With the zero-waste movement gaining popularity in the hunting world, using every part of the deer is resourceful and pays tribute to the life of the deer you’ve hunted.
For centuries, Native Americans have followed these values to consume all of the deer, using their hides and bones as clothes and tools. They have even created beautiful art and music with their hooves.
If you’ve hunted for or found deer legs, here are some tips on how to preserve deer hooves without a taxidermist.
Table of Contents
- How to Preserve Deer Hooves
- Final Thoughts
How to Preserve Deer Hooves
Deer hooves must be preserved by preparing the deer leg, removing all skin and tissue, and thoroughly drying the separated hoof. For at-home solutions, you can dry the leg in salt and borax, or by hanging it outside.
Whether you got deer legs from your hunt, from a friend, or from someone who processes deer carcasses, there are a few things you need to do before preserving deer hooves.
If you have the legs but are not ready to continue, you should try to prevent them from spoiling.
Prevent spoilage by putting them in freezer bags and keeping them in the freezer until ready to use.
With your fresh or frozen deer legs, you’ll want to remove all the fur, skin, and tissue around the bones. This can be done with a sharp knife.
A small, sharp paring knife will be necessary at this point and throughout the process. Just be extra careful and use proper knife etiquette when handling, as some steps of this process can be tricky.
Once the fur and skin have been peeled off, clean as much blood and dirt as you can. Afterward, you will be ready to start the boiling process.
Boiling the feet helps separate the hooves from the internal pedal bone. Leave the feet in boiling water for around 15 minutes.
At this point, you can try twisting and pulling the hoof from the bone with your hands. Or use pliers if it is too hot.
If they don’t come off, return them to the hot water for a while and try again. Eventually, they should pop off quite easily. Just be careful not to burn yourself!
Sometimes the pedal bone might come off with the hoof. If this happens, you’ll want to insert your knife between the bone and the hoof, slicing through the connections until you can pull the bone out with some pliers.
Continue using your knife, pliers and a heavy brush to clean away all pieces of skin, cartilage, bone or dirt left over until you have a clean hoof.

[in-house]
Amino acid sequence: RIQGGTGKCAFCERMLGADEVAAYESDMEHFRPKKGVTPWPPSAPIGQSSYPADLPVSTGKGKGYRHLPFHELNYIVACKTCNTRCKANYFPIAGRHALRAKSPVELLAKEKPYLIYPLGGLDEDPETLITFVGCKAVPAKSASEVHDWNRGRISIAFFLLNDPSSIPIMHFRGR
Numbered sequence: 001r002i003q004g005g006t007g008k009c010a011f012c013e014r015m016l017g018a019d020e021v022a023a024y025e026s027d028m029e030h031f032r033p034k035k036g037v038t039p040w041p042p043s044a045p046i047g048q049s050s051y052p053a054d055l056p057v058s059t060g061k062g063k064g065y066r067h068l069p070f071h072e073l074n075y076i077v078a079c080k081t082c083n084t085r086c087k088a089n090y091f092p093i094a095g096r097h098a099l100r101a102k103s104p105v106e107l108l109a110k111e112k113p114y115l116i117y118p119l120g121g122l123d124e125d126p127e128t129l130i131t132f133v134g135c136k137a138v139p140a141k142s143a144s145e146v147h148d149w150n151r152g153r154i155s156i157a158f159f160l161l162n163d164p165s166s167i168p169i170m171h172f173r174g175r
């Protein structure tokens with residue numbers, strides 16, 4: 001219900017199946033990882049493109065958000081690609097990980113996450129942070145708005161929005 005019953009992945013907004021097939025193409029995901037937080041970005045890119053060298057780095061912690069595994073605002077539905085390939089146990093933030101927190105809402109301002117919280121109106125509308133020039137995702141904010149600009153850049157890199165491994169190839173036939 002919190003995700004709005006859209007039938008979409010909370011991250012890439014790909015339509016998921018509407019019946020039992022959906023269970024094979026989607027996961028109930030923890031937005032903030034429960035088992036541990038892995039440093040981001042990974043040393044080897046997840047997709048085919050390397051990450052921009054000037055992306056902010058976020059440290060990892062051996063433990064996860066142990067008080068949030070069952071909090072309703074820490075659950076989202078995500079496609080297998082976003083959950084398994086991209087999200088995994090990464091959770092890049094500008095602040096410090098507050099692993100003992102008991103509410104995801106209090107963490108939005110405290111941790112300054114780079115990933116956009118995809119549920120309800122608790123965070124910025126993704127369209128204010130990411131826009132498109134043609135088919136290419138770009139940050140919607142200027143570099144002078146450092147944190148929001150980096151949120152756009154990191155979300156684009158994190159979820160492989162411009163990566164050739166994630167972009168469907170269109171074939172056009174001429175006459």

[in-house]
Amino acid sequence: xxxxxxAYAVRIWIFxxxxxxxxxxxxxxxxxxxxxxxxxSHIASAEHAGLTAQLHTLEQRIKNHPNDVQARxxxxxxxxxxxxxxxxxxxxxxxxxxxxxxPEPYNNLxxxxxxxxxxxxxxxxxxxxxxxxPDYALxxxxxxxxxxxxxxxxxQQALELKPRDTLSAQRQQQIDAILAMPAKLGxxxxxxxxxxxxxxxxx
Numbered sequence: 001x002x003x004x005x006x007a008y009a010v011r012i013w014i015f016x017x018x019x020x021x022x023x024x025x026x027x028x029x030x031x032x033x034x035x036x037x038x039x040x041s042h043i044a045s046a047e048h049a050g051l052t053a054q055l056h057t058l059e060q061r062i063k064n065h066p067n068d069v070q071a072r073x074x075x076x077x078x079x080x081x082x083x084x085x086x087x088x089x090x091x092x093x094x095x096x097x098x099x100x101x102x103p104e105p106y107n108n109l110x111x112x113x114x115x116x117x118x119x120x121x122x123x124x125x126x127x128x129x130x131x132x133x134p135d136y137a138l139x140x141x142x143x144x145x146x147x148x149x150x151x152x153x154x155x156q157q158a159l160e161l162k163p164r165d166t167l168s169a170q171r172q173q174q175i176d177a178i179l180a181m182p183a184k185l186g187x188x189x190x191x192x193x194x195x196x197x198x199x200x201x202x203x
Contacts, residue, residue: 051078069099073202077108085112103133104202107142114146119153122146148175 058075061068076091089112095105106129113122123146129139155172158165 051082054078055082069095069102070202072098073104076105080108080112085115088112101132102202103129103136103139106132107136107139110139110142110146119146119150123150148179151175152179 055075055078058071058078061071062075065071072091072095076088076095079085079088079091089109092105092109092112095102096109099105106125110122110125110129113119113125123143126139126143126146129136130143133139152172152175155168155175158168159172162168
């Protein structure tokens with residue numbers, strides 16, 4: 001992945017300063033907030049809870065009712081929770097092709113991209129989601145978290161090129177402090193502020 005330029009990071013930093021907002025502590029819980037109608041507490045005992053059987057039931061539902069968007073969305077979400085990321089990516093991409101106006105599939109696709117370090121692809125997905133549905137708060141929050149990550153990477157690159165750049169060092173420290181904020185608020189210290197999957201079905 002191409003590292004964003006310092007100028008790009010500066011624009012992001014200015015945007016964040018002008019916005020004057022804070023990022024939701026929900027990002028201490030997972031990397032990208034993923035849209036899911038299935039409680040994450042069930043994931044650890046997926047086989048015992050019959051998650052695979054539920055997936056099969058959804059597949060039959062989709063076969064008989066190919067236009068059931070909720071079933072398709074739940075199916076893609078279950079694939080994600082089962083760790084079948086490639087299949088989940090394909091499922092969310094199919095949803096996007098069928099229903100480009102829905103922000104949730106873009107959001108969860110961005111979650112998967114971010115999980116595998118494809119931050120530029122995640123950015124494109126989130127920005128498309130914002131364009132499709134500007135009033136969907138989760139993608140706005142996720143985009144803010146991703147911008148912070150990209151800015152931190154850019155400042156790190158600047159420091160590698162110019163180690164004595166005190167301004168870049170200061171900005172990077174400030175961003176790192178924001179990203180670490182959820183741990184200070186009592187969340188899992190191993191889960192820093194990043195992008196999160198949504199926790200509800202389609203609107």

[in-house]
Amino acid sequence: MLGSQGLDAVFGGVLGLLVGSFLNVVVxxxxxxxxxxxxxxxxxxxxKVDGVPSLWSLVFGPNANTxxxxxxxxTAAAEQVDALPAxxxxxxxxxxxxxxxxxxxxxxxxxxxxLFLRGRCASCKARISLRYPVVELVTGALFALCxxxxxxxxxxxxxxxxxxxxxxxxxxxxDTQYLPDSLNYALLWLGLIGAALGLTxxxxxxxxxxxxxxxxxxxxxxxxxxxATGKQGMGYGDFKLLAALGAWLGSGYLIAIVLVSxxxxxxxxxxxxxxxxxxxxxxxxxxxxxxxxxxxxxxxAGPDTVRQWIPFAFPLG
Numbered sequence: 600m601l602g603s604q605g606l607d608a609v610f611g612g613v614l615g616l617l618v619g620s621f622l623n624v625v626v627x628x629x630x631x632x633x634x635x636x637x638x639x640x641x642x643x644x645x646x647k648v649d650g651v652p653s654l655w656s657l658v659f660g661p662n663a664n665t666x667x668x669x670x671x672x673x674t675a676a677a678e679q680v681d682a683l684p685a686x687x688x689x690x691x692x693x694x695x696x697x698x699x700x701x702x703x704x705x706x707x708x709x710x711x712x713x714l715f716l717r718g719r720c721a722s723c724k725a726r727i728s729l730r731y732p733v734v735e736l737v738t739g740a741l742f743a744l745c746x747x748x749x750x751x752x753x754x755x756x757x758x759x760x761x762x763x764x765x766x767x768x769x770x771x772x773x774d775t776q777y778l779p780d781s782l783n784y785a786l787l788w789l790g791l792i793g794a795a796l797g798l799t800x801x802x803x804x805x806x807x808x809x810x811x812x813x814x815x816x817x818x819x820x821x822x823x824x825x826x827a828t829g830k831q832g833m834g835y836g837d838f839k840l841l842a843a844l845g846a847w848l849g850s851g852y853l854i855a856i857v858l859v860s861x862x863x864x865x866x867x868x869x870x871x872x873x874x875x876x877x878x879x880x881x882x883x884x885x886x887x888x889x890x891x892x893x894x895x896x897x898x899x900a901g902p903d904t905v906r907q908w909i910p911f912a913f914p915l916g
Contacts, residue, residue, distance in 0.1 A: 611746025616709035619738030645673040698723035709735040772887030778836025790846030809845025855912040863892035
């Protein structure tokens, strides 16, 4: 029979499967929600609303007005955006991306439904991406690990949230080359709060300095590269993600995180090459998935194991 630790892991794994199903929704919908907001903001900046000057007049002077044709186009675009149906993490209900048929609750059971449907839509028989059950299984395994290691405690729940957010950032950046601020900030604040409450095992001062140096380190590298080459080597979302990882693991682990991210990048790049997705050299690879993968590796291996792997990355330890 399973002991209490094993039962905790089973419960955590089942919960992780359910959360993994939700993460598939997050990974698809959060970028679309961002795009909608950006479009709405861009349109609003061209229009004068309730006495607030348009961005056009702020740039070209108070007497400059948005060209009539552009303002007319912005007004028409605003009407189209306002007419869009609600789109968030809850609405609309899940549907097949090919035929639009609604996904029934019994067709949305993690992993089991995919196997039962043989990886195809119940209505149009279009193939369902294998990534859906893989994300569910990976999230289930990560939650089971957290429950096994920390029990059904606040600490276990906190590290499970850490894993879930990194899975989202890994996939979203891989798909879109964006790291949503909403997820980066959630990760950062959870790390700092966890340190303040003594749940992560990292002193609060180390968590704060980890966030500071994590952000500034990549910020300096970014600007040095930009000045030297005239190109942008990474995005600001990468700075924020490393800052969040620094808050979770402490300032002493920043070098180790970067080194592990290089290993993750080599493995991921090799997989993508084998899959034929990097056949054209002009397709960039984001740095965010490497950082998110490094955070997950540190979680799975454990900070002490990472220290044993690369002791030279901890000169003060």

Preserving and Drying
Now that you’ve cleaned and separated the deer hooves, you’ll need to preserve them by drying them out.
This prevents bacteria from forming and removes any smell so that bugs and animals don’t believe you have a deer carcass on your property.
There are several natural or chemical ways you can achieve this without having to go to the taxidermist. These are cheap and effective options that can take varying amounts of time.
In the end, completing the drying/preservation process correctly is crucial because without it, your hooves (or other animal parts) could begin to smell or even rot!
Salt is your best option because it’s simple, cost-effective, and takes moderate time. Many at-home taxidermist hobbyists use salt to dry and preserve many small animal parts.
Submerging the hoof in iodized salt will fully dehydrate the hoof, curing it so that only the dry, hard, bacteria-free material of the hoof is left.
Cover the hoof completely in salt in a bowl and leave for around 6 to 8 weeks. WikiHow offers a great resource for you to learn more about at-home salt curing!
There is a chemical alternative to salt called borax. This sodium-based powder is primarily used as a strong cleaner and can be found in most laundry aisles at the grocery store.
Many professional and hobbyist taxidermists use borax as a drying and preserving agent.
Rather than salt, borax has the added benefit of more thoroughly absorbing oils and fluids from the specimen, which wards off insects and bacteria.
Borax is commonly used in more in-depth taxidermy projects, such as with small birds and mammals. For the purposes of deer hooves, it might be a bit overkill, as you probably will have already removed all the organic materials from the hoof.
This process has the same steps as the salt cure, by fully submerging the hoof in borax. It can take up to a year before it is fully cured, and you will need to intermittently swap out the borax for a fresh load.
Borax drying may be more useful if you are also trying to preserve deer antlers since they may have more organic material attached to them!
The simplest and cheapest option for drying is hanging the hooves outside. For this process, ensure the hooves are hanging where they will get many hours of direct sunlight while also ensuring they’re protected from rain.
This can take several months before they are ready.
If kept dry and away from animals, it will eventually get the job done and you will have thoroughly dried hooves.
Now that you’ve got your sanitized and preserved deer hooves, you can complete various useful or artistic projects. For instance, you can make a deer rattle that can be used as an instrument or in other projects, such as wind chimes.
Many hunters have also used deer hooves or preserved deer legs to make coat or gun racks. Using deer hooves for this will add some cool style to your hunting lodge or tree stand.
With some imagination and research, you can cheaply and easily preserve deer hooves on your own and use them to create a bunch of cool pieces and decorations!